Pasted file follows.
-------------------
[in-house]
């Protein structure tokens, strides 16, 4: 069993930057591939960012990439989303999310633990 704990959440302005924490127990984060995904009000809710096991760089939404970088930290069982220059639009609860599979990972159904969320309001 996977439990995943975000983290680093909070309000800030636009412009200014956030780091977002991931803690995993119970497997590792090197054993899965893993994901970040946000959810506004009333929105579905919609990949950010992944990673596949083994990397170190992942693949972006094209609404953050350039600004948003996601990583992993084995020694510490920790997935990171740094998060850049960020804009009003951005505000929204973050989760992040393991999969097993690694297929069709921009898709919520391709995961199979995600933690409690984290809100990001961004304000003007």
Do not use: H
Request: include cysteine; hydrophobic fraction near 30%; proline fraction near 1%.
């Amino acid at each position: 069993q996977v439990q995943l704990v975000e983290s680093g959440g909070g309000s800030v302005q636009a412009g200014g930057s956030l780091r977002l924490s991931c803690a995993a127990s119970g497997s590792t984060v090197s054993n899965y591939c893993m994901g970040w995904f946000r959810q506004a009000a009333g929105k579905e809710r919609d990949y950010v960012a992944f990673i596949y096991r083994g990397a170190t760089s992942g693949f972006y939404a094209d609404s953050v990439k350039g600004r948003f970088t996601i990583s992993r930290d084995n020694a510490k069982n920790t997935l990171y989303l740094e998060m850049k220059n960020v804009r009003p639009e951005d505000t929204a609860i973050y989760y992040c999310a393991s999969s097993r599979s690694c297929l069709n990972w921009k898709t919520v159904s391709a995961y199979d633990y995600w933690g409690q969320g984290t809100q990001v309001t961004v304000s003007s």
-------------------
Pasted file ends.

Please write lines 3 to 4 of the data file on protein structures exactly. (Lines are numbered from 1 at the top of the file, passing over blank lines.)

Do not use: H
Request: include cysteine; hydrophobic fraction near 30%; proline fraction near 1%.